Although , there are some positive elements that appear to be overlooked in this doom scenario. First, and most importantly, these issues are industry wide, and have nothing to do with the quality of ESJ's product offering. In fact, within the entire industry, easyJet continues to take away market share from the traditional (more expensive) airliners. In addition, most adversity is of temporary nature. Influences such as strikes, bad weather and terrorism can have their impact, but are isolated and do not persistently affect demand negatively. The Brexit problems do have this negative demand pressure. However, at the time of its profit statement, company management declared that it will intensify its cost cutting program. This could potentially cushion some of the weaker demand.
Speaking of demand: the currency impact potentially works both ways. With the pound at historical lows versus other main currencies, England (London in particular) has become a lot cheaper to visit. This could increase interest in the area as a tourist destination. easyJet is well positioned to take advantage of such a demand boost. Until that happens, the company is ready to weather the storm, with high liquidity (£940m in cash, $380m unused credit facility), and low leverage (net debt is negative, debt to equity ratio just 22%). The dividend seems safe too, with a payout ratio under 40%.
With its main office in the UK and the main travel routes consisting of traffic between the UK and continental Europe, easyJet seems one of the obvious casualties of the Brexit vote. On top of issues of strikes, weather and terrorism , this has created the perfect storm of adversity, and share price reactions have acted more than accordingly. When taken a step back from all the chaos, it becomes clear that most of these issues are not caused by the underlying business quality, nor are they likely to persist for long periods of time. With the latter in mind, it is good to know ESJ has the balance sheet to weather the temporary storm without having to take heavy measures. At prices around 1000p (in London), the company is valued attractively, even given current conditions. The relative rise of the dollar makes the opportunity even bigger for US investors. This is a good time to diversify (dividend) exposure by investing in a solid name. It can hardly get any worse, and the stock is priced accordingly. The upside potential makes the stock not an obvious, but a potentially very rewarding buy.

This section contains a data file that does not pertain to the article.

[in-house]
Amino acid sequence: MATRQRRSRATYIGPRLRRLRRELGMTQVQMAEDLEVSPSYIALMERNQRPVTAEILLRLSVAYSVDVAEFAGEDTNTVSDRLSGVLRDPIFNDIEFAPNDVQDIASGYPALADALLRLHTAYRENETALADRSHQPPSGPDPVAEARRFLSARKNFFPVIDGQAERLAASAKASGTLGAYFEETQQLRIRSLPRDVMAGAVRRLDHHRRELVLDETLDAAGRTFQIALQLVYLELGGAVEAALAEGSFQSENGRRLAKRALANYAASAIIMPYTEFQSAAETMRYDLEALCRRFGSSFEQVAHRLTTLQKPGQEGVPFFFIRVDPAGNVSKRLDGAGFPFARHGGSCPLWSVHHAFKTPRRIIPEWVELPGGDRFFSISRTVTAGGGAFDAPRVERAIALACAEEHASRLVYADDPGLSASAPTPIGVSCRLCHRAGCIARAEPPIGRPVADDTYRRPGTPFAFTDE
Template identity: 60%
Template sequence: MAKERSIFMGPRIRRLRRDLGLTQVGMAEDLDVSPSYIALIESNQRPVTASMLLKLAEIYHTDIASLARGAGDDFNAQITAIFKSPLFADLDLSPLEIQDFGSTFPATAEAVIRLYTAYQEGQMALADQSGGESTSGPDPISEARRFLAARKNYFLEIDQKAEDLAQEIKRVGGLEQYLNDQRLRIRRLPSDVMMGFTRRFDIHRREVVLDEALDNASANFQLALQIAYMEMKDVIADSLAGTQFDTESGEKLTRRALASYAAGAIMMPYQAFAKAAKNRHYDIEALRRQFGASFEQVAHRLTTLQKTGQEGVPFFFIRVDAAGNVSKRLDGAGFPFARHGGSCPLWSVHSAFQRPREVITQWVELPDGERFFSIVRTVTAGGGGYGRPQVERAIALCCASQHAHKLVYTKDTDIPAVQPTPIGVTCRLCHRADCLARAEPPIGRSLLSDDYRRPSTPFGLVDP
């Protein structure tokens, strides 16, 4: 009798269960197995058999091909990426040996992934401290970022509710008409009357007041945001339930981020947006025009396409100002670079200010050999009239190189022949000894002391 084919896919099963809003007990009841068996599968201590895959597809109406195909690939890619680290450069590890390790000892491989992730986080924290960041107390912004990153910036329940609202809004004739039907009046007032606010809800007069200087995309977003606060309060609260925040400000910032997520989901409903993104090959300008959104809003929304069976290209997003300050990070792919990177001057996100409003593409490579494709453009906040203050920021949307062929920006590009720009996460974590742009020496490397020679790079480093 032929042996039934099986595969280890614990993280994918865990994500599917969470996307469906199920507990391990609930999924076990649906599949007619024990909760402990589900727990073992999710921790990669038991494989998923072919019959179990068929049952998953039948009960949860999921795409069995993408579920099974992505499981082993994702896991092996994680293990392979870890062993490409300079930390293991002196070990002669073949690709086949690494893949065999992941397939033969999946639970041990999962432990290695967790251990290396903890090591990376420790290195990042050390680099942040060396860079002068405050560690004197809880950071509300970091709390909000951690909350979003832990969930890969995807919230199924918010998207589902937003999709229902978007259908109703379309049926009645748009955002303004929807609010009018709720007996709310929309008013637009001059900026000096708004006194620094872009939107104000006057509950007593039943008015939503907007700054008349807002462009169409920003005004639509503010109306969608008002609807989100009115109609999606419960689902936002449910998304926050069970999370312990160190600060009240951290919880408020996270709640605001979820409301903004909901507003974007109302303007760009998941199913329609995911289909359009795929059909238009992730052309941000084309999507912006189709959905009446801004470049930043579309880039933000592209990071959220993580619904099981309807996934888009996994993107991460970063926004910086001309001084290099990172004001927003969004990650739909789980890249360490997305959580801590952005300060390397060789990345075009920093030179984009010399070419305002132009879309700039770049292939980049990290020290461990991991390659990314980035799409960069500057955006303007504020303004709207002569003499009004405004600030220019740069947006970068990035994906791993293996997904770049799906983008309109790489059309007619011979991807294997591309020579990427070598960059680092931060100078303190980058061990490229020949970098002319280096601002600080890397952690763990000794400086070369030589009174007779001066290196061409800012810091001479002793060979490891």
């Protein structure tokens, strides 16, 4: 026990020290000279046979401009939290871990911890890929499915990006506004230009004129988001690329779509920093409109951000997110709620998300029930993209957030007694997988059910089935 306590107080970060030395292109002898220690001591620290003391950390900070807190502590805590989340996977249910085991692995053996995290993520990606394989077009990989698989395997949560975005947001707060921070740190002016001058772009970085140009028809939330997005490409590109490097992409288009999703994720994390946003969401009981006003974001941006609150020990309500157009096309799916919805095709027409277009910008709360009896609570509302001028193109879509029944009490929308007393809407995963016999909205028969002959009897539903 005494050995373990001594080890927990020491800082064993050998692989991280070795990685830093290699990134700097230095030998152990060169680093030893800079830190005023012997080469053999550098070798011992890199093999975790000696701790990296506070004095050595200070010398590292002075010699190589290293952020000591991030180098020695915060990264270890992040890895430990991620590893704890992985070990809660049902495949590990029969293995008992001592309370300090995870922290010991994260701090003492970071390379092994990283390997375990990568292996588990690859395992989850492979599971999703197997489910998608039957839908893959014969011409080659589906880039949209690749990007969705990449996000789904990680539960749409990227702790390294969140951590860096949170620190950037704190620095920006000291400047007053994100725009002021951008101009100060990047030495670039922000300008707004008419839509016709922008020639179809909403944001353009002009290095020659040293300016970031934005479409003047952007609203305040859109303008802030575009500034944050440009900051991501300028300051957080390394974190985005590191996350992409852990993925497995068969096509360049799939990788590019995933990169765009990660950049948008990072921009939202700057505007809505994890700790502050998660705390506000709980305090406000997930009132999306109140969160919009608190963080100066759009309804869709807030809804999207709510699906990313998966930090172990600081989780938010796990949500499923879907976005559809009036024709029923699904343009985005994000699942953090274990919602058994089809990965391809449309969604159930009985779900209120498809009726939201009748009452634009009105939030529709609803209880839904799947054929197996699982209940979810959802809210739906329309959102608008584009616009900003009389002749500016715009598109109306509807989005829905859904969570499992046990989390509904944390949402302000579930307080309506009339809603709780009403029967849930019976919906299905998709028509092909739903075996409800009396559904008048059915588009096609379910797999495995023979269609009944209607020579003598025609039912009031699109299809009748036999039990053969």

Disclosure: I/we have no positions in any stocks mentioned, and no plans to initiate any positions within the next 72 hours.
I wrote this article myself, and it expresses my own opinions. I am not receiving compensation for it (other than from Seeking Alpha). I have no business relationship with any company whose stock is mentioned in this article.